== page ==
Neurological Question

Brown

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There is no doubt that squid and octopus nerves and axons regenerate (like most invertebrates) . Work by Young in the 70s and recently Packard on the nerve tract that contains the giant axons and chromatophore nerves shows that functional regeneration after a nerve section completes in 40- or so days depending on the time of year and temperature (degeneration occurs first of course). As to toughness, an isolated axon will survive for a couple of days but they don't survive stretching or bending well.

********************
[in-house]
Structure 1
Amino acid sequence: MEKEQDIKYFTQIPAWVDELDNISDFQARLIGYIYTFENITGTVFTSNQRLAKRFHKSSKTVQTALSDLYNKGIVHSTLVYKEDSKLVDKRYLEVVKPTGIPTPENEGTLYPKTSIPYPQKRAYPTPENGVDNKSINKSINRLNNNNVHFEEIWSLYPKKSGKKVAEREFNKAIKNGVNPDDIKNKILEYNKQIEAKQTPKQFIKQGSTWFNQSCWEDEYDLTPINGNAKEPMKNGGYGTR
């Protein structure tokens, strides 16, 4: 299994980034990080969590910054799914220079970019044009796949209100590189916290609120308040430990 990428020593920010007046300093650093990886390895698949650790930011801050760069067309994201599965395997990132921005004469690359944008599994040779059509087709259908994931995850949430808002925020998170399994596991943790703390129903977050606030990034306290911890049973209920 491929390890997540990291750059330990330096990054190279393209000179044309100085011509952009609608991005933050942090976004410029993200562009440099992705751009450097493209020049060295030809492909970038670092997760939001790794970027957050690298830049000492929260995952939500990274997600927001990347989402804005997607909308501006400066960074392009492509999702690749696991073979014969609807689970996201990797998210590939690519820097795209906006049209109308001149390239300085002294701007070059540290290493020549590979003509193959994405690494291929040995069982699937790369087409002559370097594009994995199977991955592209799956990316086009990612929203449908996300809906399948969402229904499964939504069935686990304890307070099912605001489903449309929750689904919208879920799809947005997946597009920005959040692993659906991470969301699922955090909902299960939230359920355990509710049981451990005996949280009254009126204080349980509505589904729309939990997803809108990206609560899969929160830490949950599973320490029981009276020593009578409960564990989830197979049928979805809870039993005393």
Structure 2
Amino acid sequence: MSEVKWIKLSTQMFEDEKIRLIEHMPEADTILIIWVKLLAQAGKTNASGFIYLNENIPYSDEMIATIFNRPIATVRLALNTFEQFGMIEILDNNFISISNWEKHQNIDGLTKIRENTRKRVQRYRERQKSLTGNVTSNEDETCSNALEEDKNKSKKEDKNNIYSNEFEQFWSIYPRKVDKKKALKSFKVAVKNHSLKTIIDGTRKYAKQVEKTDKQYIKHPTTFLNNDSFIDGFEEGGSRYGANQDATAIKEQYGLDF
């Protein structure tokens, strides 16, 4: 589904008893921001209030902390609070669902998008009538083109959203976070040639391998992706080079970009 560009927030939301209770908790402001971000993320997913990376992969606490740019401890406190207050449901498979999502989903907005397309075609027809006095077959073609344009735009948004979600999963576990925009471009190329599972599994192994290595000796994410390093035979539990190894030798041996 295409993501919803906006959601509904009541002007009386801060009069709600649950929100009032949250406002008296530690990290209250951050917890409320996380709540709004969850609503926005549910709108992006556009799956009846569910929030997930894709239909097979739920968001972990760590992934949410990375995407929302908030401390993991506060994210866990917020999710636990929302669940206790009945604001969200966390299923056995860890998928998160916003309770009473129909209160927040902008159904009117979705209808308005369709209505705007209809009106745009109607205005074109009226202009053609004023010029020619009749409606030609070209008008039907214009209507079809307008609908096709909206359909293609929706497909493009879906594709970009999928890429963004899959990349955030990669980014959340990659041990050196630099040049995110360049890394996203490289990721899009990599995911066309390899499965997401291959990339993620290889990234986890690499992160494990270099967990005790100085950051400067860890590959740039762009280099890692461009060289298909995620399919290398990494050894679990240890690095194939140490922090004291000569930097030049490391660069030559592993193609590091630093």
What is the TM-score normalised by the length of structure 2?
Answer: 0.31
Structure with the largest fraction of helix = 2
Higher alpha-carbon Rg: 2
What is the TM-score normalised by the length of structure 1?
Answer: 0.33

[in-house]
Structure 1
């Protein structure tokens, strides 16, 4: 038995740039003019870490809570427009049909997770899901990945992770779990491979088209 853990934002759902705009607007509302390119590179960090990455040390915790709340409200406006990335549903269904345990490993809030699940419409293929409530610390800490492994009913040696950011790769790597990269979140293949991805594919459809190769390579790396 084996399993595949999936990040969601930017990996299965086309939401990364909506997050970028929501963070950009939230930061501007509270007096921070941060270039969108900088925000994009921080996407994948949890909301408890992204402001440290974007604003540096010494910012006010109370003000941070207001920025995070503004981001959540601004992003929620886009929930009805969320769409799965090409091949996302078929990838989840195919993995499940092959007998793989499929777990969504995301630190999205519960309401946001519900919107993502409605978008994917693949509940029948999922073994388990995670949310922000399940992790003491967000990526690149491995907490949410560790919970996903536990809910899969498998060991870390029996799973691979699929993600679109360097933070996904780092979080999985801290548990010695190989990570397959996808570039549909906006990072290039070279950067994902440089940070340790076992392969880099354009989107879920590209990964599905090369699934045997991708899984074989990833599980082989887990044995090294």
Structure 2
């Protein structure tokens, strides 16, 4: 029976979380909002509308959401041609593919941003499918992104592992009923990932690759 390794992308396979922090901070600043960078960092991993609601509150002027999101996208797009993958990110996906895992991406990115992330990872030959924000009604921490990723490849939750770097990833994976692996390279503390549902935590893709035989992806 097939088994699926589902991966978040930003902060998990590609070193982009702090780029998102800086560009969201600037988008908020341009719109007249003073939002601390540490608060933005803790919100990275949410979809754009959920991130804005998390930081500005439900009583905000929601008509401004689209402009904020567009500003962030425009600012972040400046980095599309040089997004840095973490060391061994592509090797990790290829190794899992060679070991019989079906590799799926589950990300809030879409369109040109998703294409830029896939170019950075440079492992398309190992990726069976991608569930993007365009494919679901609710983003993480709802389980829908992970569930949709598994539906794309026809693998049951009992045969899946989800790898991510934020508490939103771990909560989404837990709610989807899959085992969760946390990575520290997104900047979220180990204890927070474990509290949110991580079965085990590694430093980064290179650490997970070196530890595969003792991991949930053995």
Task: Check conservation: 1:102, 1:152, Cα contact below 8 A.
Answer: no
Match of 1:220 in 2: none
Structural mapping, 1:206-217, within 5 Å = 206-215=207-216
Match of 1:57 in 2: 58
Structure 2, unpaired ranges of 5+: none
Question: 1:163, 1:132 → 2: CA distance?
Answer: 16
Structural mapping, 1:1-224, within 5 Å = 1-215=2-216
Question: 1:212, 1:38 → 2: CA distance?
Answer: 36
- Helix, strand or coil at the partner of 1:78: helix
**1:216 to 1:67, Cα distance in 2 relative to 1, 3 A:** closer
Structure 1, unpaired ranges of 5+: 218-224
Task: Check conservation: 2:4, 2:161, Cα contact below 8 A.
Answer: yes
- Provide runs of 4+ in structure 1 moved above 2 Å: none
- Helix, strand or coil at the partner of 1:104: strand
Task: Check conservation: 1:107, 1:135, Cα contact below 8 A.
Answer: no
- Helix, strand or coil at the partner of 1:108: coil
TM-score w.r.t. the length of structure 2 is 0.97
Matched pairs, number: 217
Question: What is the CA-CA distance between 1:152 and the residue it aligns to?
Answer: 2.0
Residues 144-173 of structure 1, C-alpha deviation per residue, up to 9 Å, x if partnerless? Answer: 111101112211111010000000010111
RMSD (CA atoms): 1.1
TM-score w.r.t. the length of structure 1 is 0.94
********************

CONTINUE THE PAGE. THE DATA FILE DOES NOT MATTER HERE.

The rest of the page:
Brown

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What determines conduction velocity?

Conduction velocity in a 450 micron diameter axon would be about 18 m/s at 20 degrees. The range in nervous systems is from a few cm /s (pain fibres) 100 m/s myelinated nerve. There are several ways to 'speed up' conduction velocity (speaking in terms of evolution and biophysics). The two main ones are …

1. Decreasing the longitudinal axonal resistance. As the axoplasm resistance is constant this improvement can only be achieved by increasing the diameter of the axon (in the way that a length of copper of large diameter is of lower resistance than one of small diameter). If you like equations, this means that conduction velocity is proportional to the square root of axonal diameter. Selection pressure for high conduction velocities has resulted in the appearance of giant axons.